Dominic F Kelly
Affiliation: University of Oxford
- Anti-polyribosylribitol phosphate antibody concentrations and avidities in children since the start of Haemophilus influenzae type b immunization of infants in the United KingdomDominic F Kelly
Oxford Vaccine Group, Oxford University Department of Paediatrics, Oxford, United Kingdom
Clin Vaccine Immunol 16:246-52. 2009..This study emphasizes the factors affecting anti-PRP antibody concentration following immunization with conjugate vaccines and the importance of these in long-term protection from invasive disease...
- An encephalitis primerDominic Kelly
Children s Hospital, Oxford, UK
Adv Exp Med Biol 764:133-40. 2013..This review focuses on encephalitis aetiology and investigation; HSV encephalitis; mycoplasma encephalitis; and flavivirus encephalitis as a globally important cause of disease...
- High-throughput bacterial SNP typing identifies distinct clusters of Salmonella Typhi causing typhoid in Nepalese childrenKathryn E Holt
Wellcome Trust Sanger Institute, Hinxton, Cambridge CB10 1SA, UK
BMC Infect Dis 10:144. 2010..Kathmandu, the capital of Nepal, is an area of high incidence and the pediatric population appears to be at high risk of exposure and infection...
- The burden of vaccine-preventable invasive bacterial infections and pneumonia in children admitted to hospital in urban NepalDominic F Kelly
Department of Paediatrics, University of Oxford, Level 2, Room 02 46 03, Children s Hospital, John Radcliffe Hospital, Headington, Oxford OX3 9DU, UK
Int J Infect Dis 15:e17-23. 2011..Nepal is one of many resource-poor nations with limited information on the epidemiology of childhood infections caused by these pathogens...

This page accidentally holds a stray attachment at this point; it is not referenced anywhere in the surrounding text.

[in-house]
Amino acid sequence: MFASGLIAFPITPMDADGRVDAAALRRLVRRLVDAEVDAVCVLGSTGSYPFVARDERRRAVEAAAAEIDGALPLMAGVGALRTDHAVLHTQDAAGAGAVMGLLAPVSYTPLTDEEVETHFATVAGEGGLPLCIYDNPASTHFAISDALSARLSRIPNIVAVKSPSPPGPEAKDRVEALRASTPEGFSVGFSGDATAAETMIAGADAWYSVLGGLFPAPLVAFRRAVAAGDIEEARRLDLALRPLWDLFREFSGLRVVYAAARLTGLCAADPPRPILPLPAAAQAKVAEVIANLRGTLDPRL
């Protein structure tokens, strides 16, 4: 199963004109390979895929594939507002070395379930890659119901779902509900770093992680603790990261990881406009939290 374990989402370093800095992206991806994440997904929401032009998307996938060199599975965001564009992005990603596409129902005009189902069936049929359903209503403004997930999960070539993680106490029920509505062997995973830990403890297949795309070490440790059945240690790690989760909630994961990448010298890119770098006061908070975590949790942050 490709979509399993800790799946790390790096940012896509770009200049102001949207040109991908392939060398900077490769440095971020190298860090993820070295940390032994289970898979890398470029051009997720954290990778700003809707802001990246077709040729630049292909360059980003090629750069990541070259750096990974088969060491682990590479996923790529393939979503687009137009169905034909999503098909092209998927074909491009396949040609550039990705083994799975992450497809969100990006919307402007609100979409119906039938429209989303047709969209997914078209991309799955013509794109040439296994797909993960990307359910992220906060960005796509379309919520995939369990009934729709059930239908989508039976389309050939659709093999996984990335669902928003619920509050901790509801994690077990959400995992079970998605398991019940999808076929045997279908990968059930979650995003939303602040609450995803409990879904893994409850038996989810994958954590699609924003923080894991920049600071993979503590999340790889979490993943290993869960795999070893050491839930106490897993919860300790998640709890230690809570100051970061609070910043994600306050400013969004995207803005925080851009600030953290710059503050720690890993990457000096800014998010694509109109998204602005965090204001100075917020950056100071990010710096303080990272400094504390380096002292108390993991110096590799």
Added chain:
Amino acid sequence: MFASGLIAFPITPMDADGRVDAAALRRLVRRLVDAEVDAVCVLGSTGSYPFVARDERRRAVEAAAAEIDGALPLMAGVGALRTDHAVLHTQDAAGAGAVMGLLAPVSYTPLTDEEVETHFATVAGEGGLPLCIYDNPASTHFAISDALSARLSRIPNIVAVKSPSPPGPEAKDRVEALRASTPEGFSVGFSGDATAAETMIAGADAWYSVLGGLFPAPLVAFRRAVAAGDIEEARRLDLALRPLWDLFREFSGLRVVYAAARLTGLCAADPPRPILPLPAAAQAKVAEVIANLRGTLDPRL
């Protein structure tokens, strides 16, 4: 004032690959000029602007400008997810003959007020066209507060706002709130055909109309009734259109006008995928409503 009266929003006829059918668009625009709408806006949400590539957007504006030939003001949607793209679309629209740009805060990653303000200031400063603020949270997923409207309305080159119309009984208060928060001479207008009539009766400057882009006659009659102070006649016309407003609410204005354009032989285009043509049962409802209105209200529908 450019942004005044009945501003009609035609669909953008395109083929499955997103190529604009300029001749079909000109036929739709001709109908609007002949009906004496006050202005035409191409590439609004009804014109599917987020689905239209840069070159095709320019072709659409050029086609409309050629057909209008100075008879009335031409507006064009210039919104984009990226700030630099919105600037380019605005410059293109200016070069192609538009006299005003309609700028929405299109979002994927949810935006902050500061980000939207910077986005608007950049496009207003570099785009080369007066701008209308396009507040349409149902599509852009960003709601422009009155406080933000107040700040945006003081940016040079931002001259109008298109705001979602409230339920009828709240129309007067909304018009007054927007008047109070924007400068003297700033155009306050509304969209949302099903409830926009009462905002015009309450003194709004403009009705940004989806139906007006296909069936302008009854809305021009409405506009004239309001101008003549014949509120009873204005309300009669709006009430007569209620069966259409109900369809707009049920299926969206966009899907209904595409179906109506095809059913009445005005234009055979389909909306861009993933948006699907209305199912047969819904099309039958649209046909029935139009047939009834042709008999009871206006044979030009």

- Immunological memory: the role of B cells in long-term protection against invasive bacterial pathogensDominic F Kelly
University of Oxford Department of Paediatrics, Oxford, England
JAMA 294:3019-23. 2005..An improved understanding of the immunobiology of the B-cell response to these vaccines may direct development of immunization strategies that provide sustained protection...
- CRM197-conjugated serogroup C meningococcal capsular polysaccharide, but not the native polysaccharide, induces persistent antigen-specific memory B cellsDominic F Kelly
Department of Paediatrics, University of Oxford, Level 4, John Radcliffe Hospital, Oxford OX3 9DU, United Kingdom
Blood 108:2642-7. 2006..Detection of peripheral blood memory B-cell responses after vaccination may be a useful signature of successful induction of immunologic memory during novel vaccine evaluation...
- The magnitude of the antibody and memory B cell responses during priming with a protein-polysaccharide conjugate vaccine in human infants is associated with the persistence of antibody and the intensity of booster responseGeraldine Blanchard Rohner
Oxford Vaccine Group, Centre for Clinical Vaccinology and Tropical Medicine, Churchill Hospital, Oxford, UK
J Immunol 180:2165-73. 2008..These findings suggest that these two parameters are good markers of B cell responses to priming and can be used as predictors of long term humoral immunity induced by glycoconjugate vaccines received in early infancy...
- Serogroup C meningococcal glycoconjugate vaccine in adolescents: persistence of bactericidal antibodies and kinetics of the immune response to a booster vaccine more than 3 years after immunizationMatthew D Snape
Oxford Vaccine Group, Department of Paediatrics, University of Oxford, Oxford, OX3 7LJ, United Kingdom
Clin Infect Dis 43:1387-94. 2006....
- Haemophilus influenzae type b vaccine failure in children is associated with inadequate production of high-quality antibodyYeh Chen Lee
University Department of Paediatrics, University of Oxford, Oxford, UK
Clin Infect Dis 46:186-92. 2008....